The erosion of a levee that protects 146 townhomes in the Plantation subdivision in Lafayette is creating an emergency for people who live there, as demonstrated by flooding this month that damaged more than one third of the homes, residents say.
The city-parish first documented between one and two feet of erosion in a land survey after the disastrous flood of 2016 that damaged every home in the subdivision. The homeowners association commissioned a separate survey with nearly identical results soon thereafter.
The homeowners association ordered yet another survey after additional flooding on Nov. 1. flooding. It showed an average nine more inches of erosion, despite the relatively pedestrian rainfall amount and much shorter duration than last year’s historic deluge.
“The damage has gotten gradually worse at a more rapid rate,” said homeowners association president, Kyle Miller, who showed all three recent survey maps to a reporter.
Miller said the city-parish agreed to build and maintain the levee at 31.5 feet as part of its annexation of the subdivision about three decades ago, although it’s unclear if such an agreement was put in writing.
The Lafayette city-parish government is taking steps to restore the levee, but the public works director, Mark Dubroc, did not commit to the 31.5-foot threshold when asked if that is the city-parish’s goal.
The level of protection is “still part of the discussion,” Dubroc said in an email exchange. “We will do what we can.”
The levee, with a 3,300-foot perimeter, is intended in large part to protect Plantation from the Isaac Verot Coulee, which lines the northern edges of the subdivision, but Miller points to evidence the levee started crumbling well before last year. The subdivision entry bridge from Kaliste Saloom Road is built at 31.5 feet above sea level, like the original levee. The bridge, unlike the levee, did not breach in either of the recent floods, Miller said.
Miller played a video for a reporter that showed coulee water rushing past the sodden levee this month.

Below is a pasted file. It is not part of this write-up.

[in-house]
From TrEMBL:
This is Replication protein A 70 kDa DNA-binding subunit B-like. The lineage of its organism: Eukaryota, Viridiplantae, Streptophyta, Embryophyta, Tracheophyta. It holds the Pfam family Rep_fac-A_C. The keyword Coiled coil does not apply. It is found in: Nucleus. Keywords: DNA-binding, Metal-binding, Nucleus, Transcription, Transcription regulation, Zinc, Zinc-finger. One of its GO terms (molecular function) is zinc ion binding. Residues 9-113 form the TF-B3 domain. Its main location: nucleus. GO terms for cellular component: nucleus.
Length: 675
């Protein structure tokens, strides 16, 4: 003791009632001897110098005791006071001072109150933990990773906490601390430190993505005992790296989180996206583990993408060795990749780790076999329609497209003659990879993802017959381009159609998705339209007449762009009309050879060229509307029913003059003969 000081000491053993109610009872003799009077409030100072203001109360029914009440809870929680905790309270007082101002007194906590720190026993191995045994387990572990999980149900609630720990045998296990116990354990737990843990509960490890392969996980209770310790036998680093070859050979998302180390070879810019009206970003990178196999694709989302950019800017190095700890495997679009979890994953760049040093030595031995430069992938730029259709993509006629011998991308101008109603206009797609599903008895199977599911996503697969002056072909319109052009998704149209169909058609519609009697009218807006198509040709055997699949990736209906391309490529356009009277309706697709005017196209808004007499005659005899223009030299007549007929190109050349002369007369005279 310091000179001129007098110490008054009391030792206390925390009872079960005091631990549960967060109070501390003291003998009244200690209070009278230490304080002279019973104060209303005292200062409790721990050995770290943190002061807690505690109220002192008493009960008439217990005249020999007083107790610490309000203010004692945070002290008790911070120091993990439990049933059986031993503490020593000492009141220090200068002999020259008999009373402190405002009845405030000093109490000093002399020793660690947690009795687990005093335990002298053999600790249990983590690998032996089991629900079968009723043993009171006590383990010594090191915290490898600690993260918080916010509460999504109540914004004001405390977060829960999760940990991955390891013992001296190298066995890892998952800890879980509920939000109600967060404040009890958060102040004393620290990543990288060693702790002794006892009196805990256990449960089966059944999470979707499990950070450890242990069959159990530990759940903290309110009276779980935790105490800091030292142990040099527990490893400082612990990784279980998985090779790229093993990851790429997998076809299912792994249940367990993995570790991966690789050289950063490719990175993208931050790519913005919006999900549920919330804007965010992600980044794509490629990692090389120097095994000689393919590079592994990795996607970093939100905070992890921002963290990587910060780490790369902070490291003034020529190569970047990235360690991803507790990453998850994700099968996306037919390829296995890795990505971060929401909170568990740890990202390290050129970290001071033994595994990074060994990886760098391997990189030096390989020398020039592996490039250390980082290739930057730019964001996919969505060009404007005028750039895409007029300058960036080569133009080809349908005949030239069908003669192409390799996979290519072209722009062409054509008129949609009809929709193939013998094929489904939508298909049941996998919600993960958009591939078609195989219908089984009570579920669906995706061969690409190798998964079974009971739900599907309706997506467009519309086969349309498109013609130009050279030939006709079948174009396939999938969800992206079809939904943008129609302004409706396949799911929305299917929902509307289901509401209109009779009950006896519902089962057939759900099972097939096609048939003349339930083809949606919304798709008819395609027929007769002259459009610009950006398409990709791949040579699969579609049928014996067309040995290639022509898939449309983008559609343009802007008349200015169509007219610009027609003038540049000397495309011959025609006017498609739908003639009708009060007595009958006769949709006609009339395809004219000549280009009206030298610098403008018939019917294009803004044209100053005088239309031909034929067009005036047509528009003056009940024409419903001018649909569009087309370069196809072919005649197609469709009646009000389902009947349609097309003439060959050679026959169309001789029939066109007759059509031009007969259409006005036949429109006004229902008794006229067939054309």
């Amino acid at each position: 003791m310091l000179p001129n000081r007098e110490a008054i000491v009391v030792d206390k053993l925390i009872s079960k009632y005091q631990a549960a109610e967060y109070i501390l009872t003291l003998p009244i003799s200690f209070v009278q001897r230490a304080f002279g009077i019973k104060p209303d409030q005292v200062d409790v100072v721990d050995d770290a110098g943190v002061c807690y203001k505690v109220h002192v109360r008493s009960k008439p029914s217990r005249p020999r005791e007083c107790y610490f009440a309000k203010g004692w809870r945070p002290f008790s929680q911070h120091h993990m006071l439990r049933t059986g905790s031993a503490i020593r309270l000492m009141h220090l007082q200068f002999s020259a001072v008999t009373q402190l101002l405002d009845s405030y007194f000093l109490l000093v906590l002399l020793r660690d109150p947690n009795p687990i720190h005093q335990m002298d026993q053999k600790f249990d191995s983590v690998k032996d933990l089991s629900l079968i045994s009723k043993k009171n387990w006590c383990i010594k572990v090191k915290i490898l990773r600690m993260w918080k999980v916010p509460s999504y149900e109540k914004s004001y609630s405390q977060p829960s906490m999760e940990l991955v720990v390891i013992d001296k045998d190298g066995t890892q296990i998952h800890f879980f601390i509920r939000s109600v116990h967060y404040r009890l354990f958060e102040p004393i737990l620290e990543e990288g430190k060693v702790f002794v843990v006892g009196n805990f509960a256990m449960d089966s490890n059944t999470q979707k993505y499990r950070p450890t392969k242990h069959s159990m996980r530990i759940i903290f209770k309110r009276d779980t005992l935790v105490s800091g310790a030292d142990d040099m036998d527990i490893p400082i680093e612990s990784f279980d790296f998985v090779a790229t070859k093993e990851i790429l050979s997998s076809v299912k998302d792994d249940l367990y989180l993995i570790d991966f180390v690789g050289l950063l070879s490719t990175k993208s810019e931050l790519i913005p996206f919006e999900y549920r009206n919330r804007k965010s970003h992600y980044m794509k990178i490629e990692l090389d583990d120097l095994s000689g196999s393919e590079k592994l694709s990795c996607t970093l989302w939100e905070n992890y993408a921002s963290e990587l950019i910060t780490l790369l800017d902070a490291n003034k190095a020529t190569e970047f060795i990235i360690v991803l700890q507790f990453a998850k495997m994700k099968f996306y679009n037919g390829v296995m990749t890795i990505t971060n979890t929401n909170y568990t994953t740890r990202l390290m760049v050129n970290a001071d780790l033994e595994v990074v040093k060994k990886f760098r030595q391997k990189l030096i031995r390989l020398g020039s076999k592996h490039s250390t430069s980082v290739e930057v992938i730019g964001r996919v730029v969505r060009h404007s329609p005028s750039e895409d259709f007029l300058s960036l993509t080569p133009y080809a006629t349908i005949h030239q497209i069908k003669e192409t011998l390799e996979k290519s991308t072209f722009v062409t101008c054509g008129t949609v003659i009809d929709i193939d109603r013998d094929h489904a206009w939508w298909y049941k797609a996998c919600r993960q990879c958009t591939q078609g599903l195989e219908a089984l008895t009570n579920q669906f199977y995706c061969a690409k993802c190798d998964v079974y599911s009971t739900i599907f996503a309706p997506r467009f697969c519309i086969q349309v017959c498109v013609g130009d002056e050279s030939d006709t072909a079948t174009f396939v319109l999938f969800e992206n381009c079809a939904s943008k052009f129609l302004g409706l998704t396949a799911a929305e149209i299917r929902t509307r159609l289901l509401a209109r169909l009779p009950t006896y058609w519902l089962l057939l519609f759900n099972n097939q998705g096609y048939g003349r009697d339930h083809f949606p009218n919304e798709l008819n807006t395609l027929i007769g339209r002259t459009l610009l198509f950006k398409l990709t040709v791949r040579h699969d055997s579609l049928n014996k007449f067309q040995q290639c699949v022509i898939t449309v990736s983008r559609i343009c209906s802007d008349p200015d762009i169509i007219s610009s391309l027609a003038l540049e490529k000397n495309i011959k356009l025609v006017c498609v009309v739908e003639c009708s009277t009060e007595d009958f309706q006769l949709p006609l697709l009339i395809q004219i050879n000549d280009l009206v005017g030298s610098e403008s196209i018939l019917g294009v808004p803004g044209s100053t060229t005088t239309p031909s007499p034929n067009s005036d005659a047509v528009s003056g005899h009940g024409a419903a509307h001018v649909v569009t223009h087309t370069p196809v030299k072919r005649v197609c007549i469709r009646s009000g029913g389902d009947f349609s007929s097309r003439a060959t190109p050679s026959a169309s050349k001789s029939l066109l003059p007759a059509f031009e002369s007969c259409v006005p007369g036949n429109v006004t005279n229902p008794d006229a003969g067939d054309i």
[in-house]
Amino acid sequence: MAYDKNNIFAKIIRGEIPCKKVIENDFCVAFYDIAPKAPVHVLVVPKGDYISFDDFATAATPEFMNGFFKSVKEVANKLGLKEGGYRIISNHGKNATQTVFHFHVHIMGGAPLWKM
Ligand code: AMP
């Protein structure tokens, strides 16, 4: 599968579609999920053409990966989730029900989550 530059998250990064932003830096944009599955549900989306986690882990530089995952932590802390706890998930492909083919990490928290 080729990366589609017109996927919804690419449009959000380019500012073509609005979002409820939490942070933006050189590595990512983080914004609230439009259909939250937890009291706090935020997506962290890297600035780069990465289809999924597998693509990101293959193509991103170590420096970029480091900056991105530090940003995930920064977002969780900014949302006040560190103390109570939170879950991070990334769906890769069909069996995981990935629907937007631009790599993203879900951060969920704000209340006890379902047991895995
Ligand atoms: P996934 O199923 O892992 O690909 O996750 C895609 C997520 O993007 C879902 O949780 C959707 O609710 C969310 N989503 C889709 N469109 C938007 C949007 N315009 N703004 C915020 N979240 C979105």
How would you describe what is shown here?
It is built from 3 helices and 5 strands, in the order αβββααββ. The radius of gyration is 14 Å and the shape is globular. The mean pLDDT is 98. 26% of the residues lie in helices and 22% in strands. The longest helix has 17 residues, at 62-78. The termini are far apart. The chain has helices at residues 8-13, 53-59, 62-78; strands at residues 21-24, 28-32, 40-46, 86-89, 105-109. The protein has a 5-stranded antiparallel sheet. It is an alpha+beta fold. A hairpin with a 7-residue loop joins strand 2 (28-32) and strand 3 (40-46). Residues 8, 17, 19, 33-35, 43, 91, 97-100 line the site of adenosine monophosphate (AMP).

He said no resident who has been there, including several who have lived there since the subdivision was built in 1983, has ever see that happen.
Lafayette Parish received more than 20 inches of rain over two days of rain in August 2016, but Miller said water was seeping into homes on the first morning after only about six inches had fallen. The flooding this month resulted from about five inches over four hours.
The problem is worsened by the city-parish’s tolerance of unkempt trees overgrowing the adjacent Plantation Park, Miller said.
“It’s not allowing the levee to grow any grass. Every time the water hits that levee, it’s just washing away dirt,” he said.
Dubroc said a recently completed geotechnical report shows the levee can withstand some modification, opening the door to increased protection without a complete demolition and rebuild. But a design and bidding process is necessary before any construction, he said.
“All of this is ongoing at this time, and we should have answers in the next few weeks,” Dubroc said in an email. “As these issues are resolved and this complicated situation comes together, we will get a clearer picture when the installation will commence.”
Plantation residents are already taking matters into their own hands, however. On Tuesday they filled 2,000 sandbags to reinforce the worst part of the levee, Miller said. Afterward they joined residents from across the parish to vent their frustrations before the Lafayette City-Parish Council.
More than three dozen speakers addressed the council, which was meeting for the first time since voters approved a ballot measure that will divert $11.5 million in property taxes to drainage maintenance, and an additional $2.5 million every year thereafter.
Many speakers vividly described how they relived last year’s trauma three weeks ago, and said the sound of rain is now difficult to bear.
Plantation resident Marion Blair said floodwaters spared him this month, but he had just paid $14,000 to install three-quarter inch oak floors when the rains hit last year.
“The first time anybody ever walked on them was me, with two foot of water on the floor. They were ripped out and thrown away,” Blair told council members. “It’s not the money as much as it is the heartache of watching everything get destroyed.”